In the modern game, before the opposing forwards meet in a scrum, the referee issues a series of instructions: "Crouch, touch, pause, engage". This innovation of a few years back would not appear to cleaned up the scrums, in that more and more are having to be re-set. May I suggest an explanation?
Three of the four instructions are performative, in that they require the front rows to undertake a specific action (crouching, touching and, finally, engaging). The odd one out is "pause"; this would only require the front rows to stop doing something. As they are not at that stage actually doing anything, it is entirely otiose. Furthermore, it disrupts the rhythm of the responses to the referee's other three instructions.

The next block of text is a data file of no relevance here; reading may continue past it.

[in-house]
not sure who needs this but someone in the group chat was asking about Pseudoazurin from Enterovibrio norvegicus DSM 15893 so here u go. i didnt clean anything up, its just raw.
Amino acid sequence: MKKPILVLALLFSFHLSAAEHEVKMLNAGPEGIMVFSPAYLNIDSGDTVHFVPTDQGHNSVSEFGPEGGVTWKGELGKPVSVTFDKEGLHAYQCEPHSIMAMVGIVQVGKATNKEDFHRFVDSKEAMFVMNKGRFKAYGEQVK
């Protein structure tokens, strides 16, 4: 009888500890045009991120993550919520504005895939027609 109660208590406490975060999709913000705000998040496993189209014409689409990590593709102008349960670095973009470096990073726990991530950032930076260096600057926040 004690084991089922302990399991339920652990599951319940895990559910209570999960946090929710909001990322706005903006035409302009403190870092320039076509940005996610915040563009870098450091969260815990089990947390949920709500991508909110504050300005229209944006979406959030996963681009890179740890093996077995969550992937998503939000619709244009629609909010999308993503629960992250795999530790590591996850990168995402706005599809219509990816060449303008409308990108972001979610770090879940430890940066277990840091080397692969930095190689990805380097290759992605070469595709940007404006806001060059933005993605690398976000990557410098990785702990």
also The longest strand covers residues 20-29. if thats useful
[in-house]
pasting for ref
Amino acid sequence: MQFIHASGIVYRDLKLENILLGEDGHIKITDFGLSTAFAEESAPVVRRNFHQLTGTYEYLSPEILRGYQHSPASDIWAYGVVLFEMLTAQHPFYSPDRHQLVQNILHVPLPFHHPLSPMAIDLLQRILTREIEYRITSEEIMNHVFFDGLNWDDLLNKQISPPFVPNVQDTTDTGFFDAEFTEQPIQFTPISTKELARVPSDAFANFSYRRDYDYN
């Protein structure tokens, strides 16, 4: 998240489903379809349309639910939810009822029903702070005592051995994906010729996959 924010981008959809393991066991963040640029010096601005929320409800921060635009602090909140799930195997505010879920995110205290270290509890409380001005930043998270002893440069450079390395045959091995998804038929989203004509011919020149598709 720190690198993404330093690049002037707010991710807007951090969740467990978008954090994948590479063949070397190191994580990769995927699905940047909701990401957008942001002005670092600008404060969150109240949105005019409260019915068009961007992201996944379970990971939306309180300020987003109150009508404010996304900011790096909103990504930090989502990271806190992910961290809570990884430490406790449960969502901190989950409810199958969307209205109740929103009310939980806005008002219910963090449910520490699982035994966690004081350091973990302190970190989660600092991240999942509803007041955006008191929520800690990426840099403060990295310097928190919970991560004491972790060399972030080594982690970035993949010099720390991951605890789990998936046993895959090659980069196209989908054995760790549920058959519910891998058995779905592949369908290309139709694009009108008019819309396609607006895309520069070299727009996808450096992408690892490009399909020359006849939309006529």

My guess is that the game's legislators, when drawing up the new rules, suggested that referees should be required to say "crouch", "touch", then pause and then say "engage". But when the rules went to the printers, someone got the wrong end of the stick by suggesting that referees should also say "pause", even though it is totally illogical. Of course once the rules had been printed and translated, it was too late to rectify matters. And so they waste up to 15 minutes in each match re-setting scrums.
Stranger things have happened ...
Btw, congratulations to Italy.